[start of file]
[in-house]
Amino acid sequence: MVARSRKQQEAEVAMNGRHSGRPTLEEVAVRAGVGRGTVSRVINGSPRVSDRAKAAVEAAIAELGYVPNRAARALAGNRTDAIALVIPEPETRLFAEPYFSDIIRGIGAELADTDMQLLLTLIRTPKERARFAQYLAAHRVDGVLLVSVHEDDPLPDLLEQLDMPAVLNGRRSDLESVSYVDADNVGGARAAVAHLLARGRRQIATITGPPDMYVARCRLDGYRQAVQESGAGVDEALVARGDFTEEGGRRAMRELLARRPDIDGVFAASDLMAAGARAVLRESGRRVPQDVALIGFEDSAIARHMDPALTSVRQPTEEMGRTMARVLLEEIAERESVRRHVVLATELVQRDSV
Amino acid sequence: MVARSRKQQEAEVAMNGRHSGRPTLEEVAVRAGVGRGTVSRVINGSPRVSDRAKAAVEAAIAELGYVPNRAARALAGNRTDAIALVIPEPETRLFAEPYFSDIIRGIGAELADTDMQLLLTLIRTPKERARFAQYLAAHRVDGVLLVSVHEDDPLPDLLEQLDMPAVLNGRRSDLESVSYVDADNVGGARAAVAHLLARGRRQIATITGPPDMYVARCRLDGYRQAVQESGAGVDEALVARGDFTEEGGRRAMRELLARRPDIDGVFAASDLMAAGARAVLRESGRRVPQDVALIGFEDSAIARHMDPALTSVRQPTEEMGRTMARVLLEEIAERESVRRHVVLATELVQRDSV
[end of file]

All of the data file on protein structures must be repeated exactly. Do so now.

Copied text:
[in-house]
Amino acid sequence: MVARSRKQQEAEVAMNGRHSGRPTLEEVAVRAGVGRGTVSRVINGSPRVSDRAKAAVEAAIAELGYVPNRAARALAGNRTDAIALVIPEPETRLFAEPYFSDIIRGIGAELADTDMQLLLTLIRTPKERARFAQYLAAHRVDGVLLVSVHEDDPLPDLLEQLDMPAVLNGRRSDLESVSYVDADNVGGARAAVAHLLARGRRQIATITGPPDMYVARCRLDGYRQAVQESGAGVDEALVARGDFTEEGGRRAMRELLARRPDIDGVFAASDLMAAGARAVLRESGRRVPQDVALIGFEDSAIARHMDPALTSVRQPTEEMGRTMARVLLEEIAERESVRRHVVLATELVQRDSV
Amino acid sequence: MVARSRKQQEAEVAMNGRHSGRPTLEEVAVRAGVGRGTVSRVINGSPRVSDRAKAAVEAAIAELGYVPNRAARALAGNRTDAIALVIPEPETRLFAEPYFSDIIRGIGAELADTDMQLLLTLIRTPKERARFAQYLAAHRVDGVLLVSVHEDDPLPDLLEQLDMPAVLNGRRSDLESVSYVDADNVGGARAAVAHLLARGRRQIATITGPPDMYVARCRLDGYRQAVQESGAGVDEALVARGDFTEEGGRRAMRELLARRPDIDGVFAASDLMAAGARAVLRESGRRVPQDVALIGFEDSAIARHMDPALTSVRQPTEEMGRTMARVLLEEIAERESVRRHVVLATELVQRDSV